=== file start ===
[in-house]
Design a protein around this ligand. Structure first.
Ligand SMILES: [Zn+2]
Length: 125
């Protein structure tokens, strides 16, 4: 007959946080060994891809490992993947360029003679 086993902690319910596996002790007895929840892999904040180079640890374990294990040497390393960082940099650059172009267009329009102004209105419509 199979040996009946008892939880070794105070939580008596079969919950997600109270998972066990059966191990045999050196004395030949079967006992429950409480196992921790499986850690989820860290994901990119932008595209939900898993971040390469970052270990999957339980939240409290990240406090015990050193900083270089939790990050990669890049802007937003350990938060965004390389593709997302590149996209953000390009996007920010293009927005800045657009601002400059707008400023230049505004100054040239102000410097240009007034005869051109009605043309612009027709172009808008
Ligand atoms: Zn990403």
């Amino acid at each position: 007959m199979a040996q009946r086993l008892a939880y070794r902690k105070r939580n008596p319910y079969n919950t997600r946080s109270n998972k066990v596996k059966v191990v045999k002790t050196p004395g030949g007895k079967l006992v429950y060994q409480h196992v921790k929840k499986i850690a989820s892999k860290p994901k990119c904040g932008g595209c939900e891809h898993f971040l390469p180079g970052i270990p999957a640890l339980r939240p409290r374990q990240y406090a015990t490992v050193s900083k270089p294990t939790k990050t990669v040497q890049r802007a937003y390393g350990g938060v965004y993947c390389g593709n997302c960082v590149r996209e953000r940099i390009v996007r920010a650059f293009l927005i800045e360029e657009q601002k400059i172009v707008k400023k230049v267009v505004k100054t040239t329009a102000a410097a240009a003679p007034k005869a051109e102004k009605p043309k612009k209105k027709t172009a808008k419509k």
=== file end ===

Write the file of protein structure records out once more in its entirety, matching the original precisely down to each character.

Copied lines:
[in-house]
Design a protein around this ligand. Structure first.
Ligand SMILES: [Zn+2]
Length: 125
């Protein structure tokens, strides 16, 4: 007959946080060994891809490992993947360029003679 086993902690319910596996002790007895929840892999904040180079640890374990294990040497390393960082940099650059172009267009329009102004209105419509 199979040996009946008892939880070794105070939580008596079969919950997600109270998972066990059966191990045999050196004395030949079967006992429950409480196992921790499986850690989820860290994901990119932008595209939900898993971040390469970052270990999957339980939240409290990240406090015990050193900083270089939790990050990669890049802007937003350990938060965004390389593709997302590149996209953000390009996007920010293009927005800045657009601002400059707008400023230049505004100054040239102000410097240009007034005869051109009605043309612009027709172009808008
Ligand atoms: Zn990403």
């Amino acid at each position: 007959m199979a040996q009946r086993l008892a939880y070794r902690k105070r939580n008596p319910y079969n919950t997600r946080s109270n998972k066990v596996k059966v191990v045999k002790t050196p004395g030949g007895k079967l006992v429950y060994q409480h196992v921790k929840k499986i850690a989820s892999k860290p994901k990119c904040g932008g595209c939900e891809h898993f971040l390469p180079g970052i270990p999957a640890l339980r939240p409290r374990q990240y406090a015990t490992v050193s900083k270089p294990t939790k990050t990669v040497q890049r802007a937003y390393g350990g938060v965004y993947c390389g593709n997302c960082v590149r996209e953000r940099i390009v996007r920010a650059f293009l927005i800045e360029e657009q601002k400059i172009v707008k400023k230049v267009v505004k100054t040239t329009a102000a410097a240009a003679p007034k005869a051109e102004k009605p043309k612009k209105k027709t172009a808008k419509k």